8 Tips to Choose the Best Ad Network for Your Website/Blog

Ad Networks

How to Choose an Ad Network?

If you are reading this article, it means that you finally decided to monetize your website or blog and make thousands of dollars from it. It's great news! BUT There’s just one problem - there are just too many ad networks.

Joining an advertising network is one of the best ways a website can generate advertising revenues. With no advertising sales staff, the best recourse for small online operations would be to outsource the process of selling its ad inventory. This is best accomplished by the ad networks, which provide the sales force that sells space on member Websites to advertisers and media companies.

Like all other creatures, like everything on the earth and beyond are created differently. Some networks are geared towards high-traffic sites. Others work on a direct-response model, while some specialize in niche markets, or alternative advertising venues.

Here are factors that you should consider in selecting the best ad network to participate in:

What do you Need to Consider?

1. Compensations & Business Model of Ad Network

One important factor when joining an ad network is to know how you will be paid. How effective are they selling your ad space, at what rate, and how much of that will actually reach you? These are the 3 most common ways your ad displays will be compensated:

1. CPC
Cost per Click advertisement is easier to monetize than the CPA model since it rewards publishers for each click. The upside is that CPC has the potential to turn small levels of traffic into revenue, and these ad blocks are easy to set up. The downside is that revenue can be inconsistent since it depends on the customers' choice and interest to click. Ad placement location, niche, and visual appeal are some of the factors that can enhance the effectiveness of CPC ads.

2. CPM
Cost per Thousand Impressions advertising networks pay publishers for every 1000 impressions, or ad views. This is a one of the best choice for websites and blogs with high traffic since the large number of visitors equals more revenue. This also allows you to predict your advertising revenue monthly based on your website traffic. The downside of CPM networks is that they can be difficult to join with minimum impression requirement, or they offer CPMs that are too low to turn into a significant source of advertising revenue. For publishers, CPM is one of the best ways to monetize because the greater your site traffic is, the more revenue you can earn.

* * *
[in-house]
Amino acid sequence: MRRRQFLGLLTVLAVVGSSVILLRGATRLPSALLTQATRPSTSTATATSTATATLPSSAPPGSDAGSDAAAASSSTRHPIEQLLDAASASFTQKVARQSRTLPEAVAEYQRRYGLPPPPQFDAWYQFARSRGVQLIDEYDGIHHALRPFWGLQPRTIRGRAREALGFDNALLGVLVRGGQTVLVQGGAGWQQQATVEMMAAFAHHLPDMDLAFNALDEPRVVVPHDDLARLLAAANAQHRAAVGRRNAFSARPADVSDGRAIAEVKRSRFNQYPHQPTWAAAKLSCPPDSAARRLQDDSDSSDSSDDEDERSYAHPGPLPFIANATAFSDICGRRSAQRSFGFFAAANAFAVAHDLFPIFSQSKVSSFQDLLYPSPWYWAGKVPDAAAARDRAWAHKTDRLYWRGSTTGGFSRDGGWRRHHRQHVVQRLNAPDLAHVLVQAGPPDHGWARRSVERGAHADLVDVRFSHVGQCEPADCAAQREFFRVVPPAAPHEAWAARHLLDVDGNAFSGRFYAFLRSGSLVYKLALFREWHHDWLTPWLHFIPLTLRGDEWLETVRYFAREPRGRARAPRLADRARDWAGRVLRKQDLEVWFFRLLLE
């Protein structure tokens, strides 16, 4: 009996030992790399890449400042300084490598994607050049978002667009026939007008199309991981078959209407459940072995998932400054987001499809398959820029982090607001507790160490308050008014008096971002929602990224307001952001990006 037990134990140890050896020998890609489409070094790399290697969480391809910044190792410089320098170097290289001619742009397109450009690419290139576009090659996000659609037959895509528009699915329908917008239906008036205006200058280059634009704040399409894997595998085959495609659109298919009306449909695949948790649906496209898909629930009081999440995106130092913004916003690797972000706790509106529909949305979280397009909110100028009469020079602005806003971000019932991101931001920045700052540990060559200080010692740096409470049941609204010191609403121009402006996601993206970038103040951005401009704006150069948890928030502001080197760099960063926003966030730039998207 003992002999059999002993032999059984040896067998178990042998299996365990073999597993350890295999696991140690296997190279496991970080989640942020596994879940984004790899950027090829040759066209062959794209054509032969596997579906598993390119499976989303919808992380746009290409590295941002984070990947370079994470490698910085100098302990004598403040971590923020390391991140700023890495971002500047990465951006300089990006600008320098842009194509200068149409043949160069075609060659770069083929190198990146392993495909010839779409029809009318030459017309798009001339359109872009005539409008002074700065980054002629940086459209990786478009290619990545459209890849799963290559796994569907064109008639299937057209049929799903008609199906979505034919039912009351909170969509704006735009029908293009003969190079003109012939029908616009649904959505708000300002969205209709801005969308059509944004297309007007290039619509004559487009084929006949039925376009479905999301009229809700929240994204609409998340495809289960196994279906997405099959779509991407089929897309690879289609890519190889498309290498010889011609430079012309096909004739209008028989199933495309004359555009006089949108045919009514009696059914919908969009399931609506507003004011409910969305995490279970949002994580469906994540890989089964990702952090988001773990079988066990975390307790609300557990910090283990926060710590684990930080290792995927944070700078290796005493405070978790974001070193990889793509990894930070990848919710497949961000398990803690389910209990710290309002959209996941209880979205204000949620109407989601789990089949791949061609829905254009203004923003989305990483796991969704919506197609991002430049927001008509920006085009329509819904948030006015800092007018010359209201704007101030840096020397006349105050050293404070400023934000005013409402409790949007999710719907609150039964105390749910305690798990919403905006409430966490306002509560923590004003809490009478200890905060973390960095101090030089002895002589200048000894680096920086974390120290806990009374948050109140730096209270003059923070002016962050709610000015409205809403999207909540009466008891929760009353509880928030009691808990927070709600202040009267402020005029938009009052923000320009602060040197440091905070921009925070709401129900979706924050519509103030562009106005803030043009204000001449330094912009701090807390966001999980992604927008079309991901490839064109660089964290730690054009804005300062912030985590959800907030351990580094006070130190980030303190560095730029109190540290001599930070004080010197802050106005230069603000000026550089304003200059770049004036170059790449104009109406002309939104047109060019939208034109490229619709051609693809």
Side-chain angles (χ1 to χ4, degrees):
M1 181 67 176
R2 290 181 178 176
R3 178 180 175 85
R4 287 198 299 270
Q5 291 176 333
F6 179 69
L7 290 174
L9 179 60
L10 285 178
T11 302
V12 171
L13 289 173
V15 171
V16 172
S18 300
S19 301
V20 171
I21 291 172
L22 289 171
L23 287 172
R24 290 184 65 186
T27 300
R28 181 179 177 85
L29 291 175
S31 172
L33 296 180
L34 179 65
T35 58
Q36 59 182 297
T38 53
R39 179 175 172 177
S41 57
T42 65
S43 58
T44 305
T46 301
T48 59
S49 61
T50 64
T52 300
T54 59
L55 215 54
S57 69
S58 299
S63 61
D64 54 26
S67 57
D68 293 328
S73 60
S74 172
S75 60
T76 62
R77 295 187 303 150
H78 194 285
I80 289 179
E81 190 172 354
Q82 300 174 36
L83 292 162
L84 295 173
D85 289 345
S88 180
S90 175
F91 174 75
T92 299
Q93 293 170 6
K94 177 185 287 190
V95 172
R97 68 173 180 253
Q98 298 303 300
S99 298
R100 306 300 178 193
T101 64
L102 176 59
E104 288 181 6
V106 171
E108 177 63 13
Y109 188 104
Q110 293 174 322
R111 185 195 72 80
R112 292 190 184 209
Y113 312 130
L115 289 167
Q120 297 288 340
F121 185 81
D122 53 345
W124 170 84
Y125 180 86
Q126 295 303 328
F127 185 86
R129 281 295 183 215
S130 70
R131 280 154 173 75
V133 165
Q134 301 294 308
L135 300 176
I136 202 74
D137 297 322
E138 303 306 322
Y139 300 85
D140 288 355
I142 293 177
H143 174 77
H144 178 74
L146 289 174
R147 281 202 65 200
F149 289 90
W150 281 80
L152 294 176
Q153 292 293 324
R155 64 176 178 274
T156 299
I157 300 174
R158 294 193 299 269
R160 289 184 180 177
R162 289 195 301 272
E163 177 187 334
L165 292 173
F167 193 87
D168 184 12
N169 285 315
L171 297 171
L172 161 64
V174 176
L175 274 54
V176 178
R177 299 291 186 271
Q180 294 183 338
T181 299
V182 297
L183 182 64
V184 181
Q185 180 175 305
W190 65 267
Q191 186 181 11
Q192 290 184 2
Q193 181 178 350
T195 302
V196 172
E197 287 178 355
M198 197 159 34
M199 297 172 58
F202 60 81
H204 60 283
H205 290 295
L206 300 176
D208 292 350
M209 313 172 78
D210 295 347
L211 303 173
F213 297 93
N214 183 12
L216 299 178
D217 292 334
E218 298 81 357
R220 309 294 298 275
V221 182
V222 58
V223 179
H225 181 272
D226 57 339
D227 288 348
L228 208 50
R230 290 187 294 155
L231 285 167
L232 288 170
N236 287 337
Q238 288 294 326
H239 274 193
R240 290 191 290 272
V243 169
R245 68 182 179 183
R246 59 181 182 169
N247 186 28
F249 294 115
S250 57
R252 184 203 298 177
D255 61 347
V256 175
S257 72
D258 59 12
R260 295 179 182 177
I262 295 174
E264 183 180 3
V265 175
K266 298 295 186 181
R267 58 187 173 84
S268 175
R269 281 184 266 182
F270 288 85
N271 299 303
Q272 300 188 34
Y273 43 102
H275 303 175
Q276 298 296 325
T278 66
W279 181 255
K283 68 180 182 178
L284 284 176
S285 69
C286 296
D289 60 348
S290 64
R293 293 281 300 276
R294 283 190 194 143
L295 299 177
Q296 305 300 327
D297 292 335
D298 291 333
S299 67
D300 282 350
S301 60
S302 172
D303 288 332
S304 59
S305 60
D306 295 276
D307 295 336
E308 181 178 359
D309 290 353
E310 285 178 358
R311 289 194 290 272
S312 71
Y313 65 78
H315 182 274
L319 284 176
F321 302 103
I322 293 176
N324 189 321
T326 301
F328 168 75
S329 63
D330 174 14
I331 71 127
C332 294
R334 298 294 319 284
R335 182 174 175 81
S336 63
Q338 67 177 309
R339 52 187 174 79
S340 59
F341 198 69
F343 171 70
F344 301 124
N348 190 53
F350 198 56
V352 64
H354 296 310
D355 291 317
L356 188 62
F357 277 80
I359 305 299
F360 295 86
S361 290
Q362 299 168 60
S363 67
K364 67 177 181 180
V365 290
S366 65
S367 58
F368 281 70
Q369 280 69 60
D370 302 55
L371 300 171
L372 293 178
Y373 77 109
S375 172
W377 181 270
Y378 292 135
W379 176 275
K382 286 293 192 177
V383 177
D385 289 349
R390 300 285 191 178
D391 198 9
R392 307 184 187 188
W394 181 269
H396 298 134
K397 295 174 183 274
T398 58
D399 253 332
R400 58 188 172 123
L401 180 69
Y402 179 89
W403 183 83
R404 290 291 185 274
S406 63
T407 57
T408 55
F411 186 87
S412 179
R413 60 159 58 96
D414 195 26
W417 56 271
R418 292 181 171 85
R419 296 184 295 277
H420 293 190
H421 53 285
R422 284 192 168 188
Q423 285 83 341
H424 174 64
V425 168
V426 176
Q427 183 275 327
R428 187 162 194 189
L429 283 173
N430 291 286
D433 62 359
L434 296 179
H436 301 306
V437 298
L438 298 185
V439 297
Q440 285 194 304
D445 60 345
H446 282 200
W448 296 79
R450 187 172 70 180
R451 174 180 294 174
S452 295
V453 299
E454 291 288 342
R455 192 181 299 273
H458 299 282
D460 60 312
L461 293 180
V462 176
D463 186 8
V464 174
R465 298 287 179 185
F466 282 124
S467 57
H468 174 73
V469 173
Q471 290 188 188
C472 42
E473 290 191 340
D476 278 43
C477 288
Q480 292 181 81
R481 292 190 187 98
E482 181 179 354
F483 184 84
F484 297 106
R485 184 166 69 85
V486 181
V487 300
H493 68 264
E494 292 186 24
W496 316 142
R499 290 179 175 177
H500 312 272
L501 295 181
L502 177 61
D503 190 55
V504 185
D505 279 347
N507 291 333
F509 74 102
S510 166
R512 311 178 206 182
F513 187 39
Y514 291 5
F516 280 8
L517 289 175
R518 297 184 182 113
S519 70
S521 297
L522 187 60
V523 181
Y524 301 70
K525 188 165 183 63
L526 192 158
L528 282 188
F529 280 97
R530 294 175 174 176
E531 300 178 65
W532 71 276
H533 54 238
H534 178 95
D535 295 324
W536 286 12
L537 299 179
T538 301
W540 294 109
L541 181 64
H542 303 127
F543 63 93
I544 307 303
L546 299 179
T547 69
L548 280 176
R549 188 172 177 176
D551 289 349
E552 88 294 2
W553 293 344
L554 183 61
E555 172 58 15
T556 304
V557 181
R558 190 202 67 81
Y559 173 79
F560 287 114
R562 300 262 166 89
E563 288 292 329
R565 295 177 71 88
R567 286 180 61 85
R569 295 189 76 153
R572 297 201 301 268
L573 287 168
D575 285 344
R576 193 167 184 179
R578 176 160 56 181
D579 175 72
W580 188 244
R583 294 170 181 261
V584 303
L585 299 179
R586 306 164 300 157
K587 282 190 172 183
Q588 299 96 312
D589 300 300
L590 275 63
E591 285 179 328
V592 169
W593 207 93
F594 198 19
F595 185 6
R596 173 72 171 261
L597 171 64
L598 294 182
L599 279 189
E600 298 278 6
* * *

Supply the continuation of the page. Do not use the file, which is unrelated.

3. CPA
Cost per Action (Acquisition) programs reward publishers only when visitors purchase the product or service from the advertiser after visiting your website. These advertisements award high payouts. However, your earnings depend entirely on the visitors' purchase and the effectiveness of the ad copy. If they do not buy any product, you do not earn any revenue. Typically, CPA is more effective if the website has high traffic and a particular focus that compliments with the products being advertised. For example, if your site is about movie reviews, a ticket-seller program will perform a lot better than an technology website. If the theme of your website does not compliment the ads, it will be hard to earn from the CPA model.

Which pricing model works best for your website can ultimately only be ascertained by testing them out one by one and comparing the revenue that’s generated.

2. Size of Ad Network

All things being equal, an advertising network with 15,000 advertisers on board will give you better performance than one with 1,500 advertisers.
Why is this so? First, a bigger inventory means that the ad network has more options when trying to match an ad to a website based on its content; this is called contextual targeting. Better targeting equal to increased user engagement and higher CTR rates. Besides that, also means a larger number of geographic areas are represented